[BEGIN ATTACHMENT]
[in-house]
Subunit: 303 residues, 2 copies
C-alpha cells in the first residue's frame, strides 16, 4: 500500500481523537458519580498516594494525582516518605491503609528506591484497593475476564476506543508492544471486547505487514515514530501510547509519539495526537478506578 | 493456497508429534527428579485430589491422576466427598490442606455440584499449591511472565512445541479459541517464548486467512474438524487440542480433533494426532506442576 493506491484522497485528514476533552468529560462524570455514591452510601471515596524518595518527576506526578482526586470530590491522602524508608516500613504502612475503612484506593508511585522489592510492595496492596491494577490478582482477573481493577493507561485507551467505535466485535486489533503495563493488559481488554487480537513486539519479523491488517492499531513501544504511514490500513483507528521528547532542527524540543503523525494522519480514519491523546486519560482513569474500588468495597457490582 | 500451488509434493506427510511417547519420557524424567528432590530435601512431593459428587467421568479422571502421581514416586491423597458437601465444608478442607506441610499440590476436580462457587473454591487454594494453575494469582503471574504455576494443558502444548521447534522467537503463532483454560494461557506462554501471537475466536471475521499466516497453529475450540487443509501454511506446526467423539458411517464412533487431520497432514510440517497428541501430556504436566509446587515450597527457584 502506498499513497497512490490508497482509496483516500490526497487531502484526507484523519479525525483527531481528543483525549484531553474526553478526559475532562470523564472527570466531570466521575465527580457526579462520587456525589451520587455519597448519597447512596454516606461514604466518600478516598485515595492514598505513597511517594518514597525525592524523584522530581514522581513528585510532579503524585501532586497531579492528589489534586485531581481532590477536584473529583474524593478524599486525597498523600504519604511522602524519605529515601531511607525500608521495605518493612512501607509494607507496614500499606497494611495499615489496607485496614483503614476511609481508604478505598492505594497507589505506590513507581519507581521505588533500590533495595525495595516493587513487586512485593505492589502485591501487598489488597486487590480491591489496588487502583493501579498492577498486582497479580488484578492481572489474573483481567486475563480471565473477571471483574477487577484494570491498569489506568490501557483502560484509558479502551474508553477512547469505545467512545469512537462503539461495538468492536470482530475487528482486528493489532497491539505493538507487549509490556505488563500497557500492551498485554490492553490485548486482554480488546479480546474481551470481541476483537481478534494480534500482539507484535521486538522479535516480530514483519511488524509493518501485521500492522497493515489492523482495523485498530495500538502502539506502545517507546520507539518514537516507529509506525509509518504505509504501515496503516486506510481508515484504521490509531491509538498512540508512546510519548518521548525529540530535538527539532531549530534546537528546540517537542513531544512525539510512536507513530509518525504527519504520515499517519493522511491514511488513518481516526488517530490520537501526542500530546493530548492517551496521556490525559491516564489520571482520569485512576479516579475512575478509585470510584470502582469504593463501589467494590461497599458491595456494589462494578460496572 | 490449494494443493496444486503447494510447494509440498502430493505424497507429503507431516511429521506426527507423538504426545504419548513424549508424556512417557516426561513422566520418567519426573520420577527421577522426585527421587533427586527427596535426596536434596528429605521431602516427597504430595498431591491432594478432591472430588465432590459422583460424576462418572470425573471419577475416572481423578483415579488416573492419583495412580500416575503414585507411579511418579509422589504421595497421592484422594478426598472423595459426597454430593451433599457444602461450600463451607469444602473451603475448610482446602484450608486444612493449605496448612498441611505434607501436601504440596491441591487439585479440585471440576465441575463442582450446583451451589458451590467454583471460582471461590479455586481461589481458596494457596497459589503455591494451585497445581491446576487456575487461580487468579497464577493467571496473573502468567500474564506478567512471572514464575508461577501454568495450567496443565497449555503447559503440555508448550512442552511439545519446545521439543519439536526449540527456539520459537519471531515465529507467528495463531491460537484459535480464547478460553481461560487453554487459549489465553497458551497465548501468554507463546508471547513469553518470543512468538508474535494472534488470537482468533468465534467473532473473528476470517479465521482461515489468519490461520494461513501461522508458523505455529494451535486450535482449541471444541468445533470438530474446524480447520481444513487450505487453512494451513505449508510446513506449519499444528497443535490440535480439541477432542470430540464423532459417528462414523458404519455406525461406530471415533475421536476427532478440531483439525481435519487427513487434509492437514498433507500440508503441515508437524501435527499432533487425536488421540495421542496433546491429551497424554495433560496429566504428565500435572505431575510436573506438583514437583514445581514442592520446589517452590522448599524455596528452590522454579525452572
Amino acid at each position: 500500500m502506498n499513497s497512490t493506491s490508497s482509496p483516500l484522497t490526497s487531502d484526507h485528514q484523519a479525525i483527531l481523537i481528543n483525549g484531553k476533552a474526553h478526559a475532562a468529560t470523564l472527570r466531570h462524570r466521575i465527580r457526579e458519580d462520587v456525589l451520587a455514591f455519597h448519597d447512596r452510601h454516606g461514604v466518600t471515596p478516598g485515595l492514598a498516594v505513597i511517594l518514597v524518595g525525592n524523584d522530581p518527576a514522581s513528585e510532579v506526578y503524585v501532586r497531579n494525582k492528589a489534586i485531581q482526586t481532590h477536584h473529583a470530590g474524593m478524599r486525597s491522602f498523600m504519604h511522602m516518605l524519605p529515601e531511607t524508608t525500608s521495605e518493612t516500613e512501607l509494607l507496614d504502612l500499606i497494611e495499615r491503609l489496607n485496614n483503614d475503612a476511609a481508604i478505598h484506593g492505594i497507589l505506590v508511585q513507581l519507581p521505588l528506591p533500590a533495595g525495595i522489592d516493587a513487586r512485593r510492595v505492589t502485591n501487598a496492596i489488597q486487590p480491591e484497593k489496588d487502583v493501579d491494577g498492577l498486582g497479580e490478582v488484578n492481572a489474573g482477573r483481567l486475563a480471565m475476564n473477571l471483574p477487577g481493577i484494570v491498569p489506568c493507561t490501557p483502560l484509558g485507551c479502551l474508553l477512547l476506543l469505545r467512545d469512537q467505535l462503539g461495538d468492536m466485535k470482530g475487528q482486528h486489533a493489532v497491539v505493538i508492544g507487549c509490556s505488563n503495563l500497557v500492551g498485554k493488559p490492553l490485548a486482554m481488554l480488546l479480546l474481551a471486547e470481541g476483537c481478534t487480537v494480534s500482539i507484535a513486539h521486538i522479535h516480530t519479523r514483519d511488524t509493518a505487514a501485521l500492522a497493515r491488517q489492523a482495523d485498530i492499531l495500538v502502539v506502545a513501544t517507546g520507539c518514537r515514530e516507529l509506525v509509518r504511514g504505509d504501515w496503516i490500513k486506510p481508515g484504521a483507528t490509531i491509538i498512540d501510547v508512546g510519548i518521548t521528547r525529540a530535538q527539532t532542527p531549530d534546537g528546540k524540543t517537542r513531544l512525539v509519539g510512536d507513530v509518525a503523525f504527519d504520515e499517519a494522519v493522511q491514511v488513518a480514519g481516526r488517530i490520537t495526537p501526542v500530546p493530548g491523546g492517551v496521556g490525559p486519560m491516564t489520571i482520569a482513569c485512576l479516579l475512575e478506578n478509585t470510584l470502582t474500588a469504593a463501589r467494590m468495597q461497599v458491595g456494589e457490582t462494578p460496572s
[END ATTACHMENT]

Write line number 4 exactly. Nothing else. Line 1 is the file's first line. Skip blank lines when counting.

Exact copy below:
Amino acid at each position: 500500500m502506498n499513497s497512490t493506491s490508497s482509496p483516500l484522497t490526497s487531502d484526507h485528514q484523519a479525525i483527531l481523537i481528543n483525549g484531553k476533552a474526553h478526559a475532562a468529560t470523564l472527570r466531570h462524570r466521575i465527580r457526579e458519580d462520587v456525589l451520587a455514591f455519597h448519597d447512596r452510601h454516606g461514604v466518600t471515596p478516598g485515595l492514598a498516594v505513597i511517594l518514597v524518595g525525592n524523584d522530581p518527576a514522581s513528585e510532579v506526578y503524585v501532586r497531579n494525582k492528589a489534586i485531581q482526586t481532590h477536584h473529583a470530590g474524593m478524599r486525597s491522602f498523600m504519604h511522602m516518605l524519605p529515601e531511607t524508608t525500608s521495605e518493612t516500613e512501607l509494607l507496614d504502612l500499606i497494611e495499615r491503609l489496607n485496614n483503614d475503612a476511609a481508604i478505598h484506593g492505594i497507589l505506590v508511585q513507581l519507581p521505588l528506591p533500590a533495595g525495595i522489592d516493587a513487586r512485593r510492595v505492589t502485591n501487598a496492596i489488597q486487590p480491591e484497593k489496588d487502583v493501579d491494577g498492577l498486582g497479580e490478582v488484578n492481572a489474573g482477573r483481567l486475563a480471565m475476564n473477571l471483574p477487577g481493577i484494570v491498569p489506568c493507561t490501557p483502560l484509558g485507551c479502551l474508553l477512547l476506543l469505545r467512545d469512537q467505535l462503539g461495538d468492536m466485535k470482530g475487528q482486528h486489533a493489532v497491539v505493538i508492544g507487549c509490556s505488563n503495563l500497557v500492551g498485554k493488559p490492553l490485548a486482554m481488554l480488546l479480546l474481551a471486547e470481541g476483537c481478534t487480537v494480534s500482539i507484535a513486539h521486538i522479535h516480530t519479523r514483519d511488524t509493518a505487514a501485521l500492522a497493515r491488517q489492523a482495523d485498530i492499531l495500538v502502539v506502545a513501544t517507546g520507539c518514537r515514530e516507529l509506525v509509518r504511514g504505509d504501515w496503516i490500513k486506510p481508515g484504521a483507528t490509531i491509538i498512540d501510547v508512546g510519548i518521548t521528547r525529540a530535538q527539532t532542527p531549530d534546537g528546540k524540543t517537542r513531544l512525539v509519539g510512536d507513530v509518525a503523525f504527519d504520515e499517519a494522519v493522511q491514511v488513518a480514519g481516526r488517530i490520537t495526537p501526542v500530546p493530548g491523546g492517551v496521556g490525559p486519560m491516564t489520571i482520569a482513569c485512576l479516579l475512575e478506578n478509585t470510584l470502582t474500588a469504593a463501589r467494590m468495597q461497599v458491595g456494589e457490582t462494578p460496572s